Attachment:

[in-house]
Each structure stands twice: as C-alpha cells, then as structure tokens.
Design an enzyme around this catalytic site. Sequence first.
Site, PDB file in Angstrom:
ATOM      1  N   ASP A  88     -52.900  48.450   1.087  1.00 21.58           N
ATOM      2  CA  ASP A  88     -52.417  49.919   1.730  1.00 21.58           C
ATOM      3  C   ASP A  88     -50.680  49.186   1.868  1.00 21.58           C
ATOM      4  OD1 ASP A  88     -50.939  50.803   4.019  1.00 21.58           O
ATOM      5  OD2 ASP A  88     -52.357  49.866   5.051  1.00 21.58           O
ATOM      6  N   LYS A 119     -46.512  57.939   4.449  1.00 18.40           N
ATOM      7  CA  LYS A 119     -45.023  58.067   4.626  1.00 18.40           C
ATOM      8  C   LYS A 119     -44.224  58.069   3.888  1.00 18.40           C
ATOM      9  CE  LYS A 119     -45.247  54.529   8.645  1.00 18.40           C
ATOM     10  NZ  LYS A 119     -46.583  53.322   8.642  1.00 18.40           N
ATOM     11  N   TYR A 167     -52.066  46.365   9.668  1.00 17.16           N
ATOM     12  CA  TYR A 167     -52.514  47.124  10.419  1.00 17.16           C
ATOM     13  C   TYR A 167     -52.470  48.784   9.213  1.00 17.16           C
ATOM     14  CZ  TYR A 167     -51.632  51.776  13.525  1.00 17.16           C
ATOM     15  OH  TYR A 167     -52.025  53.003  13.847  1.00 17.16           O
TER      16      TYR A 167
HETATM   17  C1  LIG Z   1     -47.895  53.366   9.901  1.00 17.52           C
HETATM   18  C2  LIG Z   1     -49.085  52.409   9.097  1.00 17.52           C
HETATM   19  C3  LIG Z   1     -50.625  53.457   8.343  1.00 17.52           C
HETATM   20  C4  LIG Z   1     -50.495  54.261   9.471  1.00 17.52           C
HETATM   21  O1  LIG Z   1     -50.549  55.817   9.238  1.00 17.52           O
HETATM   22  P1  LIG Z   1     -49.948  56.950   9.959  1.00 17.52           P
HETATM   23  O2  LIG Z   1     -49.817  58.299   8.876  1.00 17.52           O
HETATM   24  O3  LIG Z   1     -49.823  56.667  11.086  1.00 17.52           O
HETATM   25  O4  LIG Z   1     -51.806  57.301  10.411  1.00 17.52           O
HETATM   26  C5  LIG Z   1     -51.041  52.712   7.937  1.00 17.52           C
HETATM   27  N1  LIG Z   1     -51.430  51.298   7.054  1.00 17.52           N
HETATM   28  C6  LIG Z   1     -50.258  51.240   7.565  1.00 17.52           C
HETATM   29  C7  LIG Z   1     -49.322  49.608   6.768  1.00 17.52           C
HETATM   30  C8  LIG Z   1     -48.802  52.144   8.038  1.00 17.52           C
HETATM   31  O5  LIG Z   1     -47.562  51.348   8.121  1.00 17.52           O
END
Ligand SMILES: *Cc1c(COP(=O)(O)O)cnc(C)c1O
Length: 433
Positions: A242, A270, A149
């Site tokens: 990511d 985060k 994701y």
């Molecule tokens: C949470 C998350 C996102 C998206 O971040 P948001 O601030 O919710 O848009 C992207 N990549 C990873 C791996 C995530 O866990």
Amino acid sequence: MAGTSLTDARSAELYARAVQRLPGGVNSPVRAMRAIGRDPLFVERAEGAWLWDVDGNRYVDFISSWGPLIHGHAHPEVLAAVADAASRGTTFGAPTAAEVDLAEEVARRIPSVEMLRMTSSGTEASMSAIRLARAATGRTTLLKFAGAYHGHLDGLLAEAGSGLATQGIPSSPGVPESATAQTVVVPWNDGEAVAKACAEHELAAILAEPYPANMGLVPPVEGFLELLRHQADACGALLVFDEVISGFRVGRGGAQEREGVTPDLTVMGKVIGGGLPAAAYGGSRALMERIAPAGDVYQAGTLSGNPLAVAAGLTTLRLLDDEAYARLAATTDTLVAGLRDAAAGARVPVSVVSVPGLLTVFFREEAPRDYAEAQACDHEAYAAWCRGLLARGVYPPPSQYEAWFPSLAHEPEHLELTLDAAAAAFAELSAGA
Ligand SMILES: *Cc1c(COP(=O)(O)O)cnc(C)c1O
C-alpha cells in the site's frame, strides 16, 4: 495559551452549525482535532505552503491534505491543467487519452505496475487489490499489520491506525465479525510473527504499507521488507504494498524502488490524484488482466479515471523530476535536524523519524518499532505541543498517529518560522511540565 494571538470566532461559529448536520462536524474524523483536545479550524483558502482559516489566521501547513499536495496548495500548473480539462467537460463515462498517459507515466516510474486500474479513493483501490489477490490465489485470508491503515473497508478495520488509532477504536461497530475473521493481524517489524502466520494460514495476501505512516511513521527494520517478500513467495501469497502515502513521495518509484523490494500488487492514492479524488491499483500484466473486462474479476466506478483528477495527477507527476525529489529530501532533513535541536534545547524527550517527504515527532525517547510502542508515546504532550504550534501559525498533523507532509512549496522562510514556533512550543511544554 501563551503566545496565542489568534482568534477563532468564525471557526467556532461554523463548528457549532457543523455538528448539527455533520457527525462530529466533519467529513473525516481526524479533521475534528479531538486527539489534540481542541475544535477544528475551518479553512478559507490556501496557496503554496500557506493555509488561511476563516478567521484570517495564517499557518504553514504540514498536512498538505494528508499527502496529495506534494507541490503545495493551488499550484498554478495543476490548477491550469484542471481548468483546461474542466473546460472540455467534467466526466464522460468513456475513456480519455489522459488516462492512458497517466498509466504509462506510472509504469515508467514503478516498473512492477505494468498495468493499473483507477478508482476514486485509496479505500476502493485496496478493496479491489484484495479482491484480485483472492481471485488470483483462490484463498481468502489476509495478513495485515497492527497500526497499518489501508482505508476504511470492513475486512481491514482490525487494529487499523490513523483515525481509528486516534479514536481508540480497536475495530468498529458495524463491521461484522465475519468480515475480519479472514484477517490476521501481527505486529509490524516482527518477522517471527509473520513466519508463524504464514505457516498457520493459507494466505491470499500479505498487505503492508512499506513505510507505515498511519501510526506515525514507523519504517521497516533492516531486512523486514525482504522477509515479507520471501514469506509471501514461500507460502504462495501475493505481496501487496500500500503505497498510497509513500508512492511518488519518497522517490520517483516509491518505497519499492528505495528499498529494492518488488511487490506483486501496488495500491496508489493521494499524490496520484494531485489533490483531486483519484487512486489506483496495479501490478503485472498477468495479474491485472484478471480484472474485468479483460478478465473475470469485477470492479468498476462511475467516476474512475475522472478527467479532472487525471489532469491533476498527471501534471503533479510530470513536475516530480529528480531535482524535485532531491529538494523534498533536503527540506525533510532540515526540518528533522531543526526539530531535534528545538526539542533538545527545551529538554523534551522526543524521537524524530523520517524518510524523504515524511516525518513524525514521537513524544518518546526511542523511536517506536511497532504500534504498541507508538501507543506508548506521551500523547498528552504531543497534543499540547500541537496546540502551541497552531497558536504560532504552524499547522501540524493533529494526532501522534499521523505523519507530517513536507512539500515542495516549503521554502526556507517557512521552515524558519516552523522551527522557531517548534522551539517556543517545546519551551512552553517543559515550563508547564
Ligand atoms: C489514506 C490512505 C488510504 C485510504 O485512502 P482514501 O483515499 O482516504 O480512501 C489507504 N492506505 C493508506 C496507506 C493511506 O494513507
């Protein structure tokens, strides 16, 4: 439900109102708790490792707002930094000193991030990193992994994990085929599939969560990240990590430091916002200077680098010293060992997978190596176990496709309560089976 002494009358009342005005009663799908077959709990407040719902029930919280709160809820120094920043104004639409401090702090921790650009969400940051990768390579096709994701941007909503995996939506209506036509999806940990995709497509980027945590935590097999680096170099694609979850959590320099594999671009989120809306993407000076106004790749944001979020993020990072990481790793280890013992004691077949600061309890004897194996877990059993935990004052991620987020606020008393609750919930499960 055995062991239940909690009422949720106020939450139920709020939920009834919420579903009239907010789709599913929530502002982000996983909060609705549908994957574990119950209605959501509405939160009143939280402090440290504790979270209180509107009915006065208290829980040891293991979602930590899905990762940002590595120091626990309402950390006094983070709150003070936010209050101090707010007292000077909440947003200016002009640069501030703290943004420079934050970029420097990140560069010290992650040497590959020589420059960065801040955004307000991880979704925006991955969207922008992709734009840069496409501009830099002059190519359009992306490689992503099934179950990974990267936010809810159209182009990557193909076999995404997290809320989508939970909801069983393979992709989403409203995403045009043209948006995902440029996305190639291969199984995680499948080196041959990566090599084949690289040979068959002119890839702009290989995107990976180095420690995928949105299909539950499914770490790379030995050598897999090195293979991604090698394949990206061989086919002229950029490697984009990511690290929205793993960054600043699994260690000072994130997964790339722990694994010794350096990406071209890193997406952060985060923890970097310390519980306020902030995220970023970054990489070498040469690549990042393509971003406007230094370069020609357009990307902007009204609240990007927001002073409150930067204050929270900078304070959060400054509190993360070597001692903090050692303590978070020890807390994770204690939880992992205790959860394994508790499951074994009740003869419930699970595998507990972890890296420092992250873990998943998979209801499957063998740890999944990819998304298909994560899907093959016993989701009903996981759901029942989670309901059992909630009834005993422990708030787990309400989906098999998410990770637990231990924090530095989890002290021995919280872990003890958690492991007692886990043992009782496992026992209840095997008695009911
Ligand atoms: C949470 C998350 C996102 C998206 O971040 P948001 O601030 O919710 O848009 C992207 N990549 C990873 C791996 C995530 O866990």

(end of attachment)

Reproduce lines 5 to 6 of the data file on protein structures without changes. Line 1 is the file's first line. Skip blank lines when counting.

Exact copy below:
ATOM      1  N   ASP A  88     -52.900  48.450   1.087  1.00 21.58           N
ATOM      2  CA  ASP A  88     -52.417  49.919   1.730  1.00 21.58           C